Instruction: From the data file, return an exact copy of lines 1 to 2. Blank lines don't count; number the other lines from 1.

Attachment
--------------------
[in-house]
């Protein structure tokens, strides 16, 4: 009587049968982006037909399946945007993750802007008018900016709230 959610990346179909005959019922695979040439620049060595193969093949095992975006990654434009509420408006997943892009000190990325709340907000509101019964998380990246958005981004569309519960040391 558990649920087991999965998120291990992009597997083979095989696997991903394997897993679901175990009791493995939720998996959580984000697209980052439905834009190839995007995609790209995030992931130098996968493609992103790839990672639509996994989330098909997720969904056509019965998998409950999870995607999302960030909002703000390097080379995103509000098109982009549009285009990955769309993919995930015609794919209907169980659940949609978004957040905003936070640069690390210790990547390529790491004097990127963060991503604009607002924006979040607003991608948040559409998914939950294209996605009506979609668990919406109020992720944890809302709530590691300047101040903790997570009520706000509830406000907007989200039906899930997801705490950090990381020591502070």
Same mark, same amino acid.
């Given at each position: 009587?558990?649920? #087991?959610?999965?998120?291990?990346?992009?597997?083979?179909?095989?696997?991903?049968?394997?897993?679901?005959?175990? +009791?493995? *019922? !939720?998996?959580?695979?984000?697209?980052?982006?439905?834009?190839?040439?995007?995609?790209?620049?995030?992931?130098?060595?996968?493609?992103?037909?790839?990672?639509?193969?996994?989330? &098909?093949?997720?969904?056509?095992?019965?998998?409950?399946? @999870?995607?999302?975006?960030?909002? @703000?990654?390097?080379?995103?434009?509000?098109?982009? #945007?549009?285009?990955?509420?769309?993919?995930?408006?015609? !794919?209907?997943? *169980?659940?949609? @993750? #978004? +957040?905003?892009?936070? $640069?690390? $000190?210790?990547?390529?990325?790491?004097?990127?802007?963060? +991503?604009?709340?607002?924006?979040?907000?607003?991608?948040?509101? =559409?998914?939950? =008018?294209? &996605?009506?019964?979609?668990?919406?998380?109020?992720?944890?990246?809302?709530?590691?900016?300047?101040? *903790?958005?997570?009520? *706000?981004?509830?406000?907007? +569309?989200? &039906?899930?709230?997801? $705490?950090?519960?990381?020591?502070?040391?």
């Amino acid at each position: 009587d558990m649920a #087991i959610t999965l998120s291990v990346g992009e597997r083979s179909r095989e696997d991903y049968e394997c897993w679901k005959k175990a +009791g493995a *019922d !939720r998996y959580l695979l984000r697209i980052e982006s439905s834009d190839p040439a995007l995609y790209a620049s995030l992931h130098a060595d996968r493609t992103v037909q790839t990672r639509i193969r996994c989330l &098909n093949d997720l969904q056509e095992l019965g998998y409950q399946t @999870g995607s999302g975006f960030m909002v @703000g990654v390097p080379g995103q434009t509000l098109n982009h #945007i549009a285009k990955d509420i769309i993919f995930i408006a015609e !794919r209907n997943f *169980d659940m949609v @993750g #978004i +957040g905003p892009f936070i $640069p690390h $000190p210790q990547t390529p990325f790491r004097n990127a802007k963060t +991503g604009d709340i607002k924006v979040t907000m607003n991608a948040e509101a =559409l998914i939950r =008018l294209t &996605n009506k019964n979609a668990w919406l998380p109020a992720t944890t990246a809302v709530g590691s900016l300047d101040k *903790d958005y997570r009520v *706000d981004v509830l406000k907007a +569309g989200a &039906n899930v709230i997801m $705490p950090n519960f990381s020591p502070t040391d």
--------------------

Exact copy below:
[in-house]
């Protein structure tokens, strides 16, 4: 009587049968982006037909399946945007993750802007008018900016709230 959610990346179909005959019922695979040439620049060595193969093949095992975006990654434009509420408006997943892009000190990325709340907000509101019964998380990246958005981004569309519960040391 558990649920087991999965998120291990992009597997083979095989696997991903394997897993679901175990009791493995939720998996959580984000697209980052439905834009190839995007995609790209995030992931130098996968493609992103790839990672639509996994989330098909997720969904056509019965998998409950999870995607999302960030909002703000390097080379995103509000098109982009549009285009990955769309993919995930015609794919209907169980659940949609978004957040905003936070640069690390210790990547390529790491004097990127963060991503604009607002924006979040607003991608948040559409998914939950294209996605009506979609668990919406109020992720944890809302709530590691300047101040903790997570009520706000509830406000907007989200039906899930997801705490950090990381020591502070």